AGBEF’s team includes volunteers, peer educators and thousand of CBDs. Its youth action movement has a membership of over 100.

The Member Association partners with government departments and large international NGOs to promote and develop its work.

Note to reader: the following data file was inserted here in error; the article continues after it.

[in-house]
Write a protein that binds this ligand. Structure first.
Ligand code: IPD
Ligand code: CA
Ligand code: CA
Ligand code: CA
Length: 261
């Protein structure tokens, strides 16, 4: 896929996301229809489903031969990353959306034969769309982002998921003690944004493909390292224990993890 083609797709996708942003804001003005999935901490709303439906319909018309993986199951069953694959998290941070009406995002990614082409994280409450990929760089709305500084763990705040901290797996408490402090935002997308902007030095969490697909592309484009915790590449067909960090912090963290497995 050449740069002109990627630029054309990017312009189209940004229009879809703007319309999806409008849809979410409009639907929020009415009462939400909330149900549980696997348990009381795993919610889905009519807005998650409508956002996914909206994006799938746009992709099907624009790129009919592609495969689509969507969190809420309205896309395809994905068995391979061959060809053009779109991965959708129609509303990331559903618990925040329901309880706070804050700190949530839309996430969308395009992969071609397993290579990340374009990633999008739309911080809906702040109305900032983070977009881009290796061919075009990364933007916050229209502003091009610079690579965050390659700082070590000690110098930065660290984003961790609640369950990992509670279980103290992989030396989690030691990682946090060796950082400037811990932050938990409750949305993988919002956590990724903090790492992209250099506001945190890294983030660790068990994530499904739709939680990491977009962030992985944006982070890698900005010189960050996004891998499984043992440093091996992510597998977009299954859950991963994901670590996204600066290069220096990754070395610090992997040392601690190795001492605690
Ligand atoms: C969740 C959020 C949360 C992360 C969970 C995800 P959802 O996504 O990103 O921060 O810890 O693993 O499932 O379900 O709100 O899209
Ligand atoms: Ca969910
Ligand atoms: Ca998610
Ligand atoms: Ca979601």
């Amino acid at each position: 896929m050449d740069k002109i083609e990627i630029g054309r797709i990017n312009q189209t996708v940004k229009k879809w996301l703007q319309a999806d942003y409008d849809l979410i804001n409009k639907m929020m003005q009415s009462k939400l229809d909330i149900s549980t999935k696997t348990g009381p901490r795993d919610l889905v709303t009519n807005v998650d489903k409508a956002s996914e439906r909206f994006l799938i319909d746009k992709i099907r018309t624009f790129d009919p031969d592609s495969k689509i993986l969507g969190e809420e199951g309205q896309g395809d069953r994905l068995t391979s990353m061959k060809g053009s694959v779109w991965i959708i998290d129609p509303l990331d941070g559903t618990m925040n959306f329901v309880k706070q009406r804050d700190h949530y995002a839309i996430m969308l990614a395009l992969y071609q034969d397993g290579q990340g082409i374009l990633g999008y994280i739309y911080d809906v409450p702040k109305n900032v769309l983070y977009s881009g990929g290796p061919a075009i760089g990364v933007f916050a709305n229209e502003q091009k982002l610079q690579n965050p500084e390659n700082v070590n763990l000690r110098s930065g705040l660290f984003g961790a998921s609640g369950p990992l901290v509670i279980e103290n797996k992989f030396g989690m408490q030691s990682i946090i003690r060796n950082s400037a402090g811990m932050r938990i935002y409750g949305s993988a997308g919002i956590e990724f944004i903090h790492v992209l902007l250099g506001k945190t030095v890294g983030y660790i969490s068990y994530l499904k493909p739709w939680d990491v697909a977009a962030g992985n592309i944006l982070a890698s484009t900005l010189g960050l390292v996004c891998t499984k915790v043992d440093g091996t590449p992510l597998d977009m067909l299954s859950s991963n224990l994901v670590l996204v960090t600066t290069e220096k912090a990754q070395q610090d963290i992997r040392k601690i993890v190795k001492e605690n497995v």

Healthcare worker with combipack.

In pictures: Innovating during COVID-19